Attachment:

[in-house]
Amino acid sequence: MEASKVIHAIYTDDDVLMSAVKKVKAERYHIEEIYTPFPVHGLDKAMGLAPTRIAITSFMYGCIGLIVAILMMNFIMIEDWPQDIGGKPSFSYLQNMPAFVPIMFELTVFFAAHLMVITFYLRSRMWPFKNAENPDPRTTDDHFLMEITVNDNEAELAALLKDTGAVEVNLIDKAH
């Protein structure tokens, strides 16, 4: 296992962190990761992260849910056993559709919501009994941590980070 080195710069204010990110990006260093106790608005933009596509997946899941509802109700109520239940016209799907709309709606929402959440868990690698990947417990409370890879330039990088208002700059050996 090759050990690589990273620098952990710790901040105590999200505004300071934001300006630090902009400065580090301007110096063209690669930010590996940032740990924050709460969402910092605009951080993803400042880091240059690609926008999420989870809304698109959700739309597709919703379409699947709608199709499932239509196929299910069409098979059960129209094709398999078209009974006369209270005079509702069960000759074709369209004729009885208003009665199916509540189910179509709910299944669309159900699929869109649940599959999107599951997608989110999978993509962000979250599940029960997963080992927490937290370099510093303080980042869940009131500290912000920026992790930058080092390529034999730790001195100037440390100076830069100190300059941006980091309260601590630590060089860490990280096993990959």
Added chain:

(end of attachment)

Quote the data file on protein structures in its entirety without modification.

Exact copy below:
[in-house]
Amino acid sequence: MEASKVIHAIYTDDDVLMSAVKKVKAERYHIEEIYTPFPVHGLDKAMGLAPTRIAITSFMYGCIGLIVAILMMNFIMIEDWPQDIGGKPSFSYLQNMPAFVPIMFELTVFFAAHLMVITFYLRSRMWPFKNAENPDPRTTDDHFLMEITVNDNEAELAALLKDTGAVEVNLIDKAH
């Protein structure tokens, strides 16, 4: 296992962190990761992260849910056993559709919501009994941590980070 080195710069204010990110990006260093106790608005933009596509997946899941509802109700109520239940016209799907709309709606929402959440868990690698990947417990409370890879330039990088208002700059050996 090759050990690589990273620098952990710790901040105590999200505004300071934001300006630090902009400065580090301007110096063209690669930010590996940032740990924050709460969402910092605009951080993803400042880091240059690609926008999420989870809304698109959700739309597709919703379409699947709608199709499932239509196929299910069409098979059960129209094709398999078209009974006369209270005079509702069960000759074709369209004729009885208003009665199916509540189910179509709910299944669309159900699929869109649940599959999107599951997608989110999978993509962000979250599940029960997963080992927490937290370099510093303080980042869940009131500290912000920026992790930058080092390529034999730790001195100037440390100076830069100190300059941006980091309260601590630590060089860490990280096993990959």
Added chain: